Is technology really helping us?(Update)

TMO and referee decisions have come under fire in the last couple of weeks in the ABSA Currie Cup.

Most of this has to do with referees and their TMO assistant’s interpretation of the laws and how it is applied, but then there are those decisions which are quite simply baffling.

This past weekend we had two more TMO /referees decisions that had a huge influence on the game and momentum shifts in the game.

In Nelspruit Jaco Pyper controversially gave Edmar Marais a yellow card when touch judge said to Peyper the left wing pulled his opponents dreadlocks. The TMO was called in and he found that there is no evidence to support the allegation only for Peyper to still give him a yellow card.

In Kimberley the Golden Lions first try was given without the referee going upstairs even though the try was scored in the corner with the Lions player diving to get a touchdown. On the replays it showed that Robbie Coetzee’s foot was in touch before he grounded the ball but by then it was all too late.

We all know players are publicly held accountable for their actions both on and off the field but can the same be said of our referees?

Let’s go back to a week ago when Griquas played the Cheetahs. Griquas lock Rory Arnold scored a try for his team in a crucial stage of the game. After the try was scored a complaint from a Cheetahs player was raised with the on-field referee that Arnold the try-scorer sunk his teeth into the defender and deliberately bit him.

I just got my new HD “BIG” screen television that day and after several replays I could not see any evidence of any clear bite by the Griquas player. The TMO came back to the referee and said that he could see that the player did indeed bite the Cheetahs player. I was stunned to say the least but based on the TMO’s ‘evidence’ the player was sent from the field and the rest is history.

What baffled me even more was when I heard a few days later that the SARU judicial officer found Arnold guilty on the balance of probabilities and relying particularly on the victim’s immediate and spontaneous reactions and the doctor’s evidence. I always thought a person must be proven guilty and not be judged on probabilities or even worse the reaction of the victim.

Monday, the ruling was overturned and he was cleared from all charges. Arnold claimed from the start that his mouth was opened while scoring the try and that downward pressure caused the bite marks on the cheetah player.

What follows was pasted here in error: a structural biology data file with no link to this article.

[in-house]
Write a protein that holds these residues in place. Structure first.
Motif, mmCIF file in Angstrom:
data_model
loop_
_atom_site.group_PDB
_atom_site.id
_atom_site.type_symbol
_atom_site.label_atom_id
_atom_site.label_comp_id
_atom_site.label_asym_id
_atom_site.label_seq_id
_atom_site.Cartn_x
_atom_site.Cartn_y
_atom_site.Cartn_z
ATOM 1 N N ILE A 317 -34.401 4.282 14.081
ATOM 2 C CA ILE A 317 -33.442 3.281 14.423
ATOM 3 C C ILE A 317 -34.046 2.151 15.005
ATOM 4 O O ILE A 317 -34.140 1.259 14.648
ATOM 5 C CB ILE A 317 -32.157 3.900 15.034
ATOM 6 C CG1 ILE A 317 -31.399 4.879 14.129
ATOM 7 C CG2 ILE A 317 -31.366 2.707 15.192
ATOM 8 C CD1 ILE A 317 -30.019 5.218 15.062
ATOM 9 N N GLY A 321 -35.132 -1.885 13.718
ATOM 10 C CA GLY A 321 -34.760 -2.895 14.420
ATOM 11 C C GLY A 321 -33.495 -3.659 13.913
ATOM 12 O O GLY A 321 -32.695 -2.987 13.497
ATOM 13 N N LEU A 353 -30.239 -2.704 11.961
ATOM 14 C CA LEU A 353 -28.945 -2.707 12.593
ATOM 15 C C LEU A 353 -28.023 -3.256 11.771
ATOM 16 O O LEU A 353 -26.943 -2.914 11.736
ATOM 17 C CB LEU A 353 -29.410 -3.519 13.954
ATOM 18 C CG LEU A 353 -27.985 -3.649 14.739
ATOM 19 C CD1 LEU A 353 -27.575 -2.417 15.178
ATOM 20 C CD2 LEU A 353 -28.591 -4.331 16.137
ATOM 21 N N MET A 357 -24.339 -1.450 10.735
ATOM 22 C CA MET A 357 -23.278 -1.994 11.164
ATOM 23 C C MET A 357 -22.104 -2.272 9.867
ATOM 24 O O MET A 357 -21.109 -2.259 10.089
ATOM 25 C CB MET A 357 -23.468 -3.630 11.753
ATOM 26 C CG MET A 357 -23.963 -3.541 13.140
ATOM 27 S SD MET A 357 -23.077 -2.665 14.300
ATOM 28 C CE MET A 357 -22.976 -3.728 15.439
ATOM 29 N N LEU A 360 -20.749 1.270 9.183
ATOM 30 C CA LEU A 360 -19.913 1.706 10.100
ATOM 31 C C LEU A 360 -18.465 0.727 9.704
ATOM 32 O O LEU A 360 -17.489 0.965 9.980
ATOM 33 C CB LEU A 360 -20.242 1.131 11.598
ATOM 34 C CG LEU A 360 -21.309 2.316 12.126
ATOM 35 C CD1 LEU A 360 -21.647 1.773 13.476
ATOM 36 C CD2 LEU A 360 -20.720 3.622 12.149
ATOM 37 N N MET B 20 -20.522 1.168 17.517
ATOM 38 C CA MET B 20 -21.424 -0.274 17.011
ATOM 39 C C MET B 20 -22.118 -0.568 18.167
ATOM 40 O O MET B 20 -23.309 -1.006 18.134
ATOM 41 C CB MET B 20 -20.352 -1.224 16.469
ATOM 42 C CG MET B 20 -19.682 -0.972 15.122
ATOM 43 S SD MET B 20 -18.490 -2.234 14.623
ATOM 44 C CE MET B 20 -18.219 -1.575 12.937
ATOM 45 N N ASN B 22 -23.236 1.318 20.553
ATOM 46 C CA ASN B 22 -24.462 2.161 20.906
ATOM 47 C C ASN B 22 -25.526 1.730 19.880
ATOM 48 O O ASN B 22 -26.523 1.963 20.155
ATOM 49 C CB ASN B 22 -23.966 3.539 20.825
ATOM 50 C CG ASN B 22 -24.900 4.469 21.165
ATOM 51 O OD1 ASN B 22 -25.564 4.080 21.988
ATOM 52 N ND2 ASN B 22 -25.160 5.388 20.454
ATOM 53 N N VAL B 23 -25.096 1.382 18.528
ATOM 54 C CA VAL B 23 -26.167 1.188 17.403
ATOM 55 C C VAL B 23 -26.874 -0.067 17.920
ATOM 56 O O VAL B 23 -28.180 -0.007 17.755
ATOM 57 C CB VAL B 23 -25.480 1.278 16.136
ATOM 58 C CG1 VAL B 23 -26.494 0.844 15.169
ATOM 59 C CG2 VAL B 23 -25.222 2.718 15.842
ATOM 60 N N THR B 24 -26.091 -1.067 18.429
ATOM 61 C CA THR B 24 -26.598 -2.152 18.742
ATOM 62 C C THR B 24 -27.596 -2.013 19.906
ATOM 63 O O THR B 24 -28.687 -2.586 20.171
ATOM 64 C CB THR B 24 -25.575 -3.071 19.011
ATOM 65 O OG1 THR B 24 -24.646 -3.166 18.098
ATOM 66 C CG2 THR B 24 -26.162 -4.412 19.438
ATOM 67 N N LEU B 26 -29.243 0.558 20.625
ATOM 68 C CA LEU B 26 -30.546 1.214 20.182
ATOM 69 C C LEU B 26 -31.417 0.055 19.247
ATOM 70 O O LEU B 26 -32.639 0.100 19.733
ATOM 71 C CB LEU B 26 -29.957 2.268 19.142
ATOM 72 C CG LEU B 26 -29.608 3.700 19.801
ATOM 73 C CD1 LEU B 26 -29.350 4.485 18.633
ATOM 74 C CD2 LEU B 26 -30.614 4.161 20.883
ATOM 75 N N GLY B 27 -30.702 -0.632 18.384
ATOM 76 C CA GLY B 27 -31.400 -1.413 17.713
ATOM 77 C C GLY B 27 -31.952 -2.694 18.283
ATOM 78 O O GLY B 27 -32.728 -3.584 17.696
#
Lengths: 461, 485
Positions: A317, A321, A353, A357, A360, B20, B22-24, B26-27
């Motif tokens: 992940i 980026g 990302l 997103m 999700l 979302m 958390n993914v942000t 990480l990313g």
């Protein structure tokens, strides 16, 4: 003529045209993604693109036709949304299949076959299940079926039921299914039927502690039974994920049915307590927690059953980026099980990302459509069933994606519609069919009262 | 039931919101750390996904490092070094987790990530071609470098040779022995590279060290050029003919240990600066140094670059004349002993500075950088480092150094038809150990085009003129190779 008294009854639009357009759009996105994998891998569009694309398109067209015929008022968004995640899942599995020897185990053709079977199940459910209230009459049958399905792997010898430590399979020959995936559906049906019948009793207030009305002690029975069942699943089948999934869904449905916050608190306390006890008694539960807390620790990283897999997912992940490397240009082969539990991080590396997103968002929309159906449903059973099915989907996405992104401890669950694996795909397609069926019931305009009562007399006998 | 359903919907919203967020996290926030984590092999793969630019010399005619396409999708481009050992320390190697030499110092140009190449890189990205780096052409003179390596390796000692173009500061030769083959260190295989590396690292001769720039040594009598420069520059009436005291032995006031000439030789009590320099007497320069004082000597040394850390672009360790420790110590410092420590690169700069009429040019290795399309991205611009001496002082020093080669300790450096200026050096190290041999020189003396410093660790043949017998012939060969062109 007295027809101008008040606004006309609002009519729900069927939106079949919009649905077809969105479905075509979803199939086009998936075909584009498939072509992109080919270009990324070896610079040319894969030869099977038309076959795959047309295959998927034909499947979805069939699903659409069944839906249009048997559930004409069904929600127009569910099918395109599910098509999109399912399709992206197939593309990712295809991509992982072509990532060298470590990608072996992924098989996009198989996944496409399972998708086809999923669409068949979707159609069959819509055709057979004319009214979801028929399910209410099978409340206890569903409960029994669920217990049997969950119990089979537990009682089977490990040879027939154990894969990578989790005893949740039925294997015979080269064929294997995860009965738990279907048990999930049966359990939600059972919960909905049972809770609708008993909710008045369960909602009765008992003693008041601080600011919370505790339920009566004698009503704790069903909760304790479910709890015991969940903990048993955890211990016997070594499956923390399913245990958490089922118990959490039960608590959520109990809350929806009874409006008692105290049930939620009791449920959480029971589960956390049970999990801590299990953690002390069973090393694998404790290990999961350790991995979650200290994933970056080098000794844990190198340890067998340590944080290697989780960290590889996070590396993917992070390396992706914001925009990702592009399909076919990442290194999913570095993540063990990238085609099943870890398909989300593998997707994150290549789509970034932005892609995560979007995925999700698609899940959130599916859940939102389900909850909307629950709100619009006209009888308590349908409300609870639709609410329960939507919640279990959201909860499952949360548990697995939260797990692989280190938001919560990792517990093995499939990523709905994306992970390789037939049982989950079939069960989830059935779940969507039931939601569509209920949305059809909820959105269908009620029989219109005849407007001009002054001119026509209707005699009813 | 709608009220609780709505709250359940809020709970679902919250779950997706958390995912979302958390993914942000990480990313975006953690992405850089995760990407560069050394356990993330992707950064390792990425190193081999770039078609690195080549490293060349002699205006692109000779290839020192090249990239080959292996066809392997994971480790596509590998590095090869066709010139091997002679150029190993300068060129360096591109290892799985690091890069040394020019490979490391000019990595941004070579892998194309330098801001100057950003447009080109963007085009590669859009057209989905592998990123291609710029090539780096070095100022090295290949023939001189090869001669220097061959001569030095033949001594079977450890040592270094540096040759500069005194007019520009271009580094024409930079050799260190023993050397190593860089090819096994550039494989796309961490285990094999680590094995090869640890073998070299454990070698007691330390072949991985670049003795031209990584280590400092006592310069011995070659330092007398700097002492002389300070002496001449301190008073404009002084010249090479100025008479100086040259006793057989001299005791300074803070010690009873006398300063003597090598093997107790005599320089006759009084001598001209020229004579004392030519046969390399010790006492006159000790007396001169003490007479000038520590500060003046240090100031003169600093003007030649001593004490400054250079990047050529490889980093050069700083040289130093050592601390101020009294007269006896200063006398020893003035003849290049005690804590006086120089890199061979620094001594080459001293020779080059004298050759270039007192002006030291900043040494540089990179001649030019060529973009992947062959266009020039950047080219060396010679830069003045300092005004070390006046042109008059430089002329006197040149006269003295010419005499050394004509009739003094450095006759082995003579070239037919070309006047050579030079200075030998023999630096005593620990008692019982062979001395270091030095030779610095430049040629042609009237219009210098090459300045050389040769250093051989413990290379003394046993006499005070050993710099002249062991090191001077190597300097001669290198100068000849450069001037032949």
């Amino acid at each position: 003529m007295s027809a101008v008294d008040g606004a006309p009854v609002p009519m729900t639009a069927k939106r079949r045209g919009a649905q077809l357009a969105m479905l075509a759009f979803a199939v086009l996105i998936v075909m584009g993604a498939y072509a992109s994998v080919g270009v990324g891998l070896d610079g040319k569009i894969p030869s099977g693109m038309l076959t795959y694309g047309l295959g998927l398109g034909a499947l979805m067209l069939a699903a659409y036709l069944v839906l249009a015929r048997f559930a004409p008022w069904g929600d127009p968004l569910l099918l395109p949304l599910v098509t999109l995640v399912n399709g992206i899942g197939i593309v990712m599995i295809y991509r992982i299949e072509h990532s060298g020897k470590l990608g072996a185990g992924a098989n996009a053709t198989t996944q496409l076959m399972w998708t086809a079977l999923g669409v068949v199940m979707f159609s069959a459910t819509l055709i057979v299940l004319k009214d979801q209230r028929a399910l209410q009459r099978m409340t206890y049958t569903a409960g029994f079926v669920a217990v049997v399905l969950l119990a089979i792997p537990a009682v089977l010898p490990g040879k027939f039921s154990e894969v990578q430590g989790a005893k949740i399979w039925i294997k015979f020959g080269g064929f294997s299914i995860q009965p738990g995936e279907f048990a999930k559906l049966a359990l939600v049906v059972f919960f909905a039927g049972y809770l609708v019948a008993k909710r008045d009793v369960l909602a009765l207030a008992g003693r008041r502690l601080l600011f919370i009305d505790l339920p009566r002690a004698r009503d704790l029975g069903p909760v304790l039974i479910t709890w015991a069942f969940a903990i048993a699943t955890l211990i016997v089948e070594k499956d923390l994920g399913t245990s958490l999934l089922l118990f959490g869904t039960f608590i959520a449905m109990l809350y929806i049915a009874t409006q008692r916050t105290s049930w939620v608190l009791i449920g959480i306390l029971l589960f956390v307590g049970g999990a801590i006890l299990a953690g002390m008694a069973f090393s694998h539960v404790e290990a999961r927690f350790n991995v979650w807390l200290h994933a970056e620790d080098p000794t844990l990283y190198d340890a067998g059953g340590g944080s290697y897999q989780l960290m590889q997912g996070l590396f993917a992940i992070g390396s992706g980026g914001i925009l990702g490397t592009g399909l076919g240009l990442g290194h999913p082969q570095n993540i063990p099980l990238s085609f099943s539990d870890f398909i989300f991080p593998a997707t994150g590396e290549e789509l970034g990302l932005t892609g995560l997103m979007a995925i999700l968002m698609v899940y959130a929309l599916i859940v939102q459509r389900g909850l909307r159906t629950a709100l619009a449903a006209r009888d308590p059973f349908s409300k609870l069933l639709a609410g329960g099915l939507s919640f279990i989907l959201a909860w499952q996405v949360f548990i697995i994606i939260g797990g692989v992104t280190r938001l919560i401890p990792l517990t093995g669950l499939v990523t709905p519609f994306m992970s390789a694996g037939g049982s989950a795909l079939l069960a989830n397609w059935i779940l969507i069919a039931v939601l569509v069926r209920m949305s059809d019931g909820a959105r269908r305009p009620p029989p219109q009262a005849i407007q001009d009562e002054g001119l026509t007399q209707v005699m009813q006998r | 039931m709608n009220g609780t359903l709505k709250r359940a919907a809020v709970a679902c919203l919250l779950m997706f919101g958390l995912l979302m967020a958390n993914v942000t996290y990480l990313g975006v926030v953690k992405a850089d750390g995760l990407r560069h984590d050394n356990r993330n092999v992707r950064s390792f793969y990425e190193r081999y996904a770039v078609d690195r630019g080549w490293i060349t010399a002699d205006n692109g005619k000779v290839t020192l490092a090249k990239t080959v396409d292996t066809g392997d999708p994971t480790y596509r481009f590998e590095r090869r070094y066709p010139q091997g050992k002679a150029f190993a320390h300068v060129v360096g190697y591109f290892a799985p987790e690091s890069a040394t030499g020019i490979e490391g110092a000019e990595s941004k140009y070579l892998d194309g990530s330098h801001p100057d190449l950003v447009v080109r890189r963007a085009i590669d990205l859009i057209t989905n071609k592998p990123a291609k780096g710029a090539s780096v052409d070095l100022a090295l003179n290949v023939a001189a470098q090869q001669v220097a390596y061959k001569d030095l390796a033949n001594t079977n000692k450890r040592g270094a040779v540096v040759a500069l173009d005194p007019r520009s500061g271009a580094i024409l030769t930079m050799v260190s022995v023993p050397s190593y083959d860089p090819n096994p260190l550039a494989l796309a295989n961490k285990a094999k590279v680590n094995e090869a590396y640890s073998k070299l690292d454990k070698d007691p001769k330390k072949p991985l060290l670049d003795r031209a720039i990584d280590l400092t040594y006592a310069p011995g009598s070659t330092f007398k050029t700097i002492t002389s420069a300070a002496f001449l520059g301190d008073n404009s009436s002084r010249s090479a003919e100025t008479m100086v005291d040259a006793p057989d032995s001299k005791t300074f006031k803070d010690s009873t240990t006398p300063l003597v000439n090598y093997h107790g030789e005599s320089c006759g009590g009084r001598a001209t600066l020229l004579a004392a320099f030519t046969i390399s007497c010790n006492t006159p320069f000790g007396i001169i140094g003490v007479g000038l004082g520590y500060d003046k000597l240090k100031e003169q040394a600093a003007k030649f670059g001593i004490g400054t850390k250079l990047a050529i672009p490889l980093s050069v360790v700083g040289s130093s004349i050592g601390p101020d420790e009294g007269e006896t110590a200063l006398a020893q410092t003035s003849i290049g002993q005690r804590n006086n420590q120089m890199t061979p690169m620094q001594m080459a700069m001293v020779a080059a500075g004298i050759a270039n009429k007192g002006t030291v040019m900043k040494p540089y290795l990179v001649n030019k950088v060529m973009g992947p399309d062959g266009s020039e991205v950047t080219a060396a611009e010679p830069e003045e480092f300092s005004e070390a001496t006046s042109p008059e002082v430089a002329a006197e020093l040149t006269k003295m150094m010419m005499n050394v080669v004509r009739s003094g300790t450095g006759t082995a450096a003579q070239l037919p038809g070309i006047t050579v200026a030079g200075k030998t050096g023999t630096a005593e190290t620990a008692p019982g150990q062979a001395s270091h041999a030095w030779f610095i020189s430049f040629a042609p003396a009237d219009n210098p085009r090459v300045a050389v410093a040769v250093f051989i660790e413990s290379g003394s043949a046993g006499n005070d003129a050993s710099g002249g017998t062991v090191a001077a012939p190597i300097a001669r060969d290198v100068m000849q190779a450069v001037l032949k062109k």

I would like to know who is taking responsibility and accountability for the actions against Arnold for the past ten days.

He lost at least one game’s match fee (not to mention the position it put his team under losing a player for a home game which they ended up losing narrowly) but most important, what about the stigma that will now be attached to the player?

I really have to question the role of the TMO and the SARU judicial system if an individual can now rule and punish on “probabilities” and “reactions” and not was is clear and fact.

Deon Fourie was cited with eye gouging Keegan Daniels in Saturdays match at Newlands.

Source: News24

Sharks loose forward Keegan Daniel has leapt to the defence of WP skipper Deon Fourie who was cited for allegedly eye gouging Daniel during their Currie Cup clash at Newlands over the weekend.

Fourie was cited on Monday and will appear before a disciplinary committee in Cape Town on Tuesday at 12:00. The incident occurred in the 12th minute of the match after Daniel pulled Fourie to the ground. No action was taken by the referee. The incident hardly looks like a deliberate eye-gouge though, and Daniel was quick to defend Fourie.

He tweeted the following after the match, which WP won 25-19:”Just to clear things up, there was no eye gouge from Deon, he’s not that type of player. Rugby is a contact sport and these things happen.”

13 thoughts on “Is technology really helping us?(Update)

Leave a Reply